Moving forward, we have the new album by Fever Moon, which has been repurposed as FVRMN. Since 2020, the Tokyo transplant has been releasing music and today shares Back to The Whip (Bifocal Media), its seventh long-player and I’ll give you a few reasons why you should care. Led by the gruff Jay Holmes on guitar, vocals, and piano, the new release has an assortment of musicians, and by the looks of it, the continuously shifting lineup has no bearing on the strength of the music itself. If the roots are strong, everything will fall into place. For FVRMN, Holmes delivers powerfully moody songs, track after track. He’s the definitive force behind the band, and what a way to open things up with the driving title track with Mike Watt (Minutemen, fIREHOSE) on bass? Yeah, that Mike Watt. But it’s the song, pummeled by drummer Scott Lupton, that’s unrelenting tossing around loads of melody smothered in walls of guitar. There’s a pop artist in here but there’s no relinquishing the punk roots and urgency for being your truest self here. The band never seems to relinquish its power, usually keeping the levels at a comfortable 11 but again, the sheer force of melody can’t be denied. I should note, Watt also plays bass here on the more restrained “Raleigh,” and what could be an era-inspired “Into The Earth.” Which era? Well, we’ll just keep it to ourselves here because Holmes’ brash voice and guitar antics takes it somewhere else altogether.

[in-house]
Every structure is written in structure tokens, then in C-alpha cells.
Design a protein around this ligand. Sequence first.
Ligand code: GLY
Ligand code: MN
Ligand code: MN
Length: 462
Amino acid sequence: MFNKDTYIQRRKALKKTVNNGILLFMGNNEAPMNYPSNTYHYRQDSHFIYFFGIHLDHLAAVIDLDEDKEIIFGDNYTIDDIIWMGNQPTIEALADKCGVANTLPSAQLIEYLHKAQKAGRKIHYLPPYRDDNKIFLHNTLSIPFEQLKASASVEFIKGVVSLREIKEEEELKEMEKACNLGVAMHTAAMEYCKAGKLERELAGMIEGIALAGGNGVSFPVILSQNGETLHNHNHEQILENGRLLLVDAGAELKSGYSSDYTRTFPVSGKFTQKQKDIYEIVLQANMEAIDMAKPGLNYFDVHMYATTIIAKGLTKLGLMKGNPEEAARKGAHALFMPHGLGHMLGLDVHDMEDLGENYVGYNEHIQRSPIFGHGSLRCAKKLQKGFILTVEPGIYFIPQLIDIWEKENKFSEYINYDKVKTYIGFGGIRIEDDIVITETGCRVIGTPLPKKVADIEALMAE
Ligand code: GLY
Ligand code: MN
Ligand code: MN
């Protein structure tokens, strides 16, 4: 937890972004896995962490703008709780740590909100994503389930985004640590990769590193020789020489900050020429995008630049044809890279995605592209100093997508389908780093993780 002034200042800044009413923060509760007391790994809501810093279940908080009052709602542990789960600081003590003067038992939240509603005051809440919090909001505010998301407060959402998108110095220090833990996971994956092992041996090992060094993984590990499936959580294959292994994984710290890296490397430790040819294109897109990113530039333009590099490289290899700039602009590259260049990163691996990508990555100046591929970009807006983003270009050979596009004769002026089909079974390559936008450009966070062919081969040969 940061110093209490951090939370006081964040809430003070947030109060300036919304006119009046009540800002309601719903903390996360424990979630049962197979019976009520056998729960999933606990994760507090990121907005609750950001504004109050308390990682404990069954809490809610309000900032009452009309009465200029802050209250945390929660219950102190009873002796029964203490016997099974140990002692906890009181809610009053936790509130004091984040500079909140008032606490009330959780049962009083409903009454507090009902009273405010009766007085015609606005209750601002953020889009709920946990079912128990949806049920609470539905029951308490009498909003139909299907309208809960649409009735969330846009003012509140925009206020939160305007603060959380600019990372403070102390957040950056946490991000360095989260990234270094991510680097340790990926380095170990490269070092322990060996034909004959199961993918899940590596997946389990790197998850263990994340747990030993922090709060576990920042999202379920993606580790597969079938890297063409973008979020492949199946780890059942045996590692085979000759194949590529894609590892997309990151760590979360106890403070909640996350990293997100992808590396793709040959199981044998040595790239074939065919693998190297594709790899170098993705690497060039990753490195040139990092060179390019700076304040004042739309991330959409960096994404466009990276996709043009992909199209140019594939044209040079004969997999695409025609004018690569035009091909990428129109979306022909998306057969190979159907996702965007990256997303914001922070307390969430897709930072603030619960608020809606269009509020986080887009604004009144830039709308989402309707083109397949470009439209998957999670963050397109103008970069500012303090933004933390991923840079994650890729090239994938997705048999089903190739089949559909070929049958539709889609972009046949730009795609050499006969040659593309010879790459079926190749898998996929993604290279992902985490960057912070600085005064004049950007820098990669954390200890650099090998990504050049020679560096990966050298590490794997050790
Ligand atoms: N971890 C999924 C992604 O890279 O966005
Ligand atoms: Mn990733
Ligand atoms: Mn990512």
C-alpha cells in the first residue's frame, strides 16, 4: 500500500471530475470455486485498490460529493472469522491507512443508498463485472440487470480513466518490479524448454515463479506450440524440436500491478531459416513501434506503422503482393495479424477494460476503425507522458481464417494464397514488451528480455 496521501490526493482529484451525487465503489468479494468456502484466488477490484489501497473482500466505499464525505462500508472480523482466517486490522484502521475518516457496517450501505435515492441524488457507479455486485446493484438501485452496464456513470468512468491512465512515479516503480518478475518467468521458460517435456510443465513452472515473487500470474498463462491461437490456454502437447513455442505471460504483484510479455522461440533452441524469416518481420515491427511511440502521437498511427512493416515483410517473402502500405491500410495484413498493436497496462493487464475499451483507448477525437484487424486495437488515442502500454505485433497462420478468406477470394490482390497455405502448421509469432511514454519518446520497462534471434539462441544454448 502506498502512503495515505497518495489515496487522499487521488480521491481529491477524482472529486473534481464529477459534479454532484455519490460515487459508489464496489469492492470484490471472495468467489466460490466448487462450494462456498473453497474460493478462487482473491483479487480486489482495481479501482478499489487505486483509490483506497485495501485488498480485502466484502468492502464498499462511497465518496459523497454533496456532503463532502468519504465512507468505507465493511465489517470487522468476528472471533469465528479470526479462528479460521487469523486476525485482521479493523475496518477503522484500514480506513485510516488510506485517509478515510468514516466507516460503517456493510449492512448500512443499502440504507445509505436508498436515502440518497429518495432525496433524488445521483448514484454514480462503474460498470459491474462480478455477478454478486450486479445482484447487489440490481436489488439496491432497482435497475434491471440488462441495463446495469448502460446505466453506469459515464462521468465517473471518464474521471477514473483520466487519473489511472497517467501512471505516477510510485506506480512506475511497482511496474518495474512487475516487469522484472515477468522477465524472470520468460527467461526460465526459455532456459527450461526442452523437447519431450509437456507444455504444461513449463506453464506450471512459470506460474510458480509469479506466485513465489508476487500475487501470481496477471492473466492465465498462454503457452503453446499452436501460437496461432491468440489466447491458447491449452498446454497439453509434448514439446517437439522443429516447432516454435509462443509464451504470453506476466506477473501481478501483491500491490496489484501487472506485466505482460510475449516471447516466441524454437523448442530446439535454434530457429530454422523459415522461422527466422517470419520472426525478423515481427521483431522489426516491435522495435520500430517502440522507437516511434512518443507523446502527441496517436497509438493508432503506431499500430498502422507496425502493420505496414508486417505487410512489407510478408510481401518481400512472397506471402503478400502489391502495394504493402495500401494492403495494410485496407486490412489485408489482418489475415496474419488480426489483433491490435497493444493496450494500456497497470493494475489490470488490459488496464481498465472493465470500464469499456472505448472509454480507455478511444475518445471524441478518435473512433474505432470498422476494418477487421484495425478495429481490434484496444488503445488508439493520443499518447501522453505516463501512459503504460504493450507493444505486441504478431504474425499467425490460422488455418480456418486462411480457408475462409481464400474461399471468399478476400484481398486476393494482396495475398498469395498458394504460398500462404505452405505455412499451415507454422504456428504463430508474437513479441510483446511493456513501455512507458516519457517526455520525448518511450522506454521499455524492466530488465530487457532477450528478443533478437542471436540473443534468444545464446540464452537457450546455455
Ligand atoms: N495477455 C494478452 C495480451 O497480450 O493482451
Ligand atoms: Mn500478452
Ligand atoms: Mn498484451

But Holmes isn’t always growling through songs here. “Diamonds,” with backing vocals by Braid’s Chris Broach, has him softening up his delivery and it fits as their voices occasionally blend into one another and allow the track’s evoking melody to hit the forefront, leaving an infectiousness without end. There’s nothing holding FVRMN back here as we clearly see Holmes & co. have an astute understanding of power, melody, and sonic exploration. Both “Esoteric Lover” and “Decoder Ring” are really good songs that grab hold of your attention as they progress but it’s “Wig” that really gets my attention, and I can only imagine it’s because of Lupton’s drums meshing with Holmes’ guitars. But he also gets rid of the rasp here for something much cleaner. I’m with it. As the band closes with “Grim Finalé,” we get the best of everything FVRMN has to offer here; that powerful drive, pop hooks, overdriven guitars, and Holmes’ gruff delivery. It’s all neatly packaged here creating a beast of a song.

There’s nothing forced about Back To The Whip, which doesn’t cease to amaze even after 30 listens in one sitting (true story) and I just wonder what else could come of FVRMN. The album is good, too damn good to be ignored.